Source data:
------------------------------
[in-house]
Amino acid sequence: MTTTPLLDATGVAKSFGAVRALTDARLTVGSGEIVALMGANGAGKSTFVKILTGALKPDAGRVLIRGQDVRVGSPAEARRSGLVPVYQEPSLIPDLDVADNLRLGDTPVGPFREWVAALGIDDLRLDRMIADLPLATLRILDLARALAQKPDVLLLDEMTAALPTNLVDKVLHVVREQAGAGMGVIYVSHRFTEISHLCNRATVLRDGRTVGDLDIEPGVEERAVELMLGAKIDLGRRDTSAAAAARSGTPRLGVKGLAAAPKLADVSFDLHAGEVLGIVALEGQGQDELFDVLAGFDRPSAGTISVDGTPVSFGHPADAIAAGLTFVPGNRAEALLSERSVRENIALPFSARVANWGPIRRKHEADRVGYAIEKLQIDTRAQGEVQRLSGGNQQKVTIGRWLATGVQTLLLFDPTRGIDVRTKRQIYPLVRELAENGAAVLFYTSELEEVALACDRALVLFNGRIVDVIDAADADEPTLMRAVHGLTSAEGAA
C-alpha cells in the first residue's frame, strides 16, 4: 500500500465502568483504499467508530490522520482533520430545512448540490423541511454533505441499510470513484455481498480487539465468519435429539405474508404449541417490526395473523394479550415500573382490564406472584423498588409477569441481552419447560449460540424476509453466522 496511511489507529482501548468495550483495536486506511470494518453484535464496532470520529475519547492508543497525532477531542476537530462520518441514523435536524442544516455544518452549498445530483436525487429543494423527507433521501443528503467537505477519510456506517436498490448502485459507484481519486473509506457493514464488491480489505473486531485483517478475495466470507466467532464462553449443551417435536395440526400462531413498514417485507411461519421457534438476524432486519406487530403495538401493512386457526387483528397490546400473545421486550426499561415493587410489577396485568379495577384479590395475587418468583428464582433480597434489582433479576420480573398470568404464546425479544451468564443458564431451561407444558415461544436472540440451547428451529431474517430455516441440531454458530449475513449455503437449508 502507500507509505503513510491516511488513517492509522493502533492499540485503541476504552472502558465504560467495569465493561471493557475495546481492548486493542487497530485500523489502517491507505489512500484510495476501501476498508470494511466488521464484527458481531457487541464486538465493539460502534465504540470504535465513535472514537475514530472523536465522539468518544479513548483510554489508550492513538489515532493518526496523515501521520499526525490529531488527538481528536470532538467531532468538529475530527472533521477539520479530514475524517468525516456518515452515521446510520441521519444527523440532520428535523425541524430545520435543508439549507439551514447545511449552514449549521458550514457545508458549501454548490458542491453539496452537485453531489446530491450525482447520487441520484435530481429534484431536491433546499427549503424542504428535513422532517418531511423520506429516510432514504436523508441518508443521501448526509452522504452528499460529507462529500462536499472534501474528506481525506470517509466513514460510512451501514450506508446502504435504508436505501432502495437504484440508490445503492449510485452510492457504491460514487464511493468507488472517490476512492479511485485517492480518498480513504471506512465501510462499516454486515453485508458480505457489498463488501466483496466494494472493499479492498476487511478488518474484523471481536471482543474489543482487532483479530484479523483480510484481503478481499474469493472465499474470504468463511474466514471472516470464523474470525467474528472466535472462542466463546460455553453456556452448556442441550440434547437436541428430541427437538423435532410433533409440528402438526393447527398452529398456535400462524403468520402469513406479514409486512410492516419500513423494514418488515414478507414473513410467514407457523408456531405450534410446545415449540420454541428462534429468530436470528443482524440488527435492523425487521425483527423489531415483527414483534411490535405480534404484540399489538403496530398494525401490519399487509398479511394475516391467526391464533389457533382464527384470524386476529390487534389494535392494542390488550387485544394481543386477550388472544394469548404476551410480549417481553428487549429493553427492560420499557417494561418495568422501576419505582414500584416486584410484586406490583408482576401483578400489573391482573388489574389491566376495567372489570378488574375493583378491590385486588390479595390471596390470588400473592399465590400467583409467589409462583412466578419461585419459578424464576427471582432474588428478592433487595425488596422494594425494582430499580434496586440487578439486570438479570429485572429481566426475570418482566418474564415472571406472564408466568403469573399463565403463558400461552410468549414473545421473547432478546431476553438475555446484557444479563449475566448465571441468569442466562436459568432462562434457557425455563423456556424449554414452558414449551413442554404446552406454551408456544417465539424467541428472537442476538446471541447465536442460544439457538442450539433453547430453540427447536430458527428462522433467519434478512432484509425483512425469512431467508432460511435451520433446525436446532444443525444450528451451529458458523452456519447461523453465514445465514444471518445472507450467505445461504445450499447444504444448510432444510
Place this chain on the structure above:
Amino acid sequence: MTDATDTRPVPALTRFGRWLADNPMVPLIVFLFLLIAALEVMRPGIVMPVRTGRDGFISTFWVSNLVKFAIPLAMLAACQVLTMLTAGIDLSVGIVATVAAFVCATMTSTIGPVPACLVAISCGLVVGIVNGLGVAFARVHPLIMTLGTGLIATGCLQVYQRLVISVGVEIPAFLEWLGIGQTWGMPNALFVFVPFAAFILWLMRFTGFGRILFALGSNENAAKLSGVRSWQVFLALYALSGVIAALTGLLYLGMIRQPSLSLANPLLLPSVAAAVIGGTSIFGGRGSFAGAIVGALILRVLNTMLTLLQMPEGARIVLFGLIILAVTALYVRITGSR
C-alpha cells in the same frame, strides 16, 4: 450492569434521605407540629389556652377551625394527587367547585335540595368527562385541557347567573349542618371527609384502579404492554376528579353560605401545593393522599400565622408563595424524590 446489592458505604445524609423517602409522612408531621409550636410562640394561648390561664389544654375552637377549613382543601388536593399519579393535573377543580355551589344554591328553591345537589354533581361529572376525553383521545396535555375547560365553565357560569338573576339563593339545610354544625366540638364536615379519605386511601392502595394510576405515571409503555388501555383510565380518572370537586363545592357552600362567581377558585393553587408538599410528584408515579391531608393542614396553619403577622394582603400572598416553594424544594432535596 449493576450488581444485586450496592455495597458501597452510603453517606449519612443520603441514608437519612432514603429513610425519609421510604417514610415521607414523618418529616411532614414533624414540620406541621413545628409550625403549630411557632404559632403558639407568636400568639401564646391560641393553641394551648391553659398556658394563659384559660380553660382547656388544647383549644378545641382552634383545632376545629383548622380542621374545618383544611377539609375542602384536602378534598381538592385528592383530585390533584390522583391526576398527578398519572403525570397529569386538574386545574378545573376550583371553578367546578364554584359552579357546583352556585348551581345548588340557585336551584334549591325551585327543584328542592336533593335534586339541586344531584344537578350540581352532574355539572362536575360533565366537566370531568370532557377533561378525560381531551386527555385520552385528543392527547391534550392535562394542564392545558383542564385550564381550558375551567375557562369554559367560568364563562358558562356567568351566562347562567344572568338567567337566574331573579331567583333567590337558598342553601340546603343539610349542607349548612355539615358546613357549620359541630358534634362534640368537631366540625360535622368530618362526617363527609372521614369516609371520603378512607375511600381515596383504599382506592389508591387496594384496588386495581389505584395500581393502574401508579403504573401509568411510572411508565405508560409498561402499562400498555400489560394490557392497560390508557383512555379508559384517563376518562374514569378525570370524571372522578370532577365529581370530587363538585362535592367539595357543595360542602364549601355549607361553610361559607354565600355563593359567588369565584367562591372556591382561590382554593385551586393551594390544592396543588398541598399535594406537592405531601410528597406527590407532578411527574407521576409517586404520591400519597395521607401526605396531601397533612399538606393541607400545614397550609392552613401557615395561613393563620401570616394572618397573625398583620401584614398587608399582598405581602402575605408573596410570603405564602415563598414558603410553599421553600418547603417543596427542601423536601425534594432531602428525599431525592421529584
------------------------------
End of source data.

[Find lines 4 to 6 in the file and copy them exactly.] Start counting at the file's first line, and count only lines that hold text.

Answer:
Place this chain on the structure above:
Amino acid sequence: MTDATDTRPVPALTRFGRWLADNPMVPLIVFLFLLIAALEVMRPGIVMPVRTGRDGFISTFWVSNLVKFAIPLAMLAACQVLTMLTAGIDLSVGIVATVAAFVCATMTSTIGPVPACLVAISCGLVVGIVNGLGVAFARVHPLIMTLGTGLIATGCLQVYQRLVISVGVEIPAFLEWLGIGQTWGMPNALFVFVPFAAFILWLMRFTGFGRILFALGSNENAAKLSGVRSWQVFLALYALSGVIAALTGLLYLGMIRQPSLSLANPLLLPSVAAAVIGGTSIFGGRGSFAGAIVGALILRVLNTMLTLLQMPEGARIVLFGLIILAVTALYVRITGSR
C-alpha cells in the same frame, strides 16, 4: 450492569434521605407540629389556652377551625394527587367547585335540595368527562385541557347567573349542618371527609384502579404492554376528579353560605401545593393522599400565622408563595424524590 446489592458505604445524609423517602409522612408531621409550636410562640394561648390561664389544654375552637377549613382543601388536593399519579393535573377543580355551589344554591328553591345537589354533581361529572376525553383521545396535555375547560365553565357560569338573576339563593339545610354544625366540638364536615379519605386511601392502595394510576405515571409503555388501555383510565380518572370537586363545592357552600362567581377558585393553587408538599410528584408515579391531608393542614396553619403577622394582603400572598416553594424544594432535596 449493576450488581444485586450496592455495597458501597452510603453517606449519612443520603441514608437519612432514603429513610425519609421510604417514610415521607414523618418529616411532614414533624414540620406541621413545628409550625403549630411557632404559632403558639407568636400568639401564646391560641393553641394551648391553659398556658394563659384559660380553660382547656388544647383549644378545641382552634383545632376545629383548622380542621374545618383544611377539609375542602384536602378534598381538592385528592383530585390533584390522583391526576398527578398519572403525570397529569386538574386545574378545573376550583371553578367546578364554584359552579357546583352556585348551581345548588340557585336551584334549591325551585327543584328542592336533593335534586339541586344531584344537578350540581352532574355539572362536575360533565366537566370531568370532557377533561378525560381531551386527555385520552385528543392527547391534550392535562394542564392545558383542564385550564381550558375551567375557562369554559367560568364563562358558562356567568351566562347562567344572568338567567337566574331573579331567583333567590337558598342553601340546603343539610349542607349548612355539615358546613357549620359541630358534634362534640368537631366540625360535622368530618362526617363527609372521614369516609371520603378512607375511600381515596383504599382506592389508591387496594384496588386495581389505584395500581393502574401508579403504573401509568411510572411508565405508560409498561402499562400498555400489560394490557392497560390508557383512555379508559384517563376518562374514569378525570370524571372522578370532577365529581370530587363538585362535592367539595357543595360542602364549601355549607361553610361559607354565600355563593359567588369565584367562591372556591382561590382554593385551586393551594390544592396543588398541598399535594406537592405531601410528597406527590407532578411527574407521576409517586404520591400519597395521607401526605396531601397533612399538606393541607400545614397550609392552613401557615395561613393563620401570616394572618397573625398583620401584614398587608399582598405581602402575605408573596410570603405564602415563598414558603410553599421553600418547603417543596427542601423536601425534594432531602428525599431525592421529584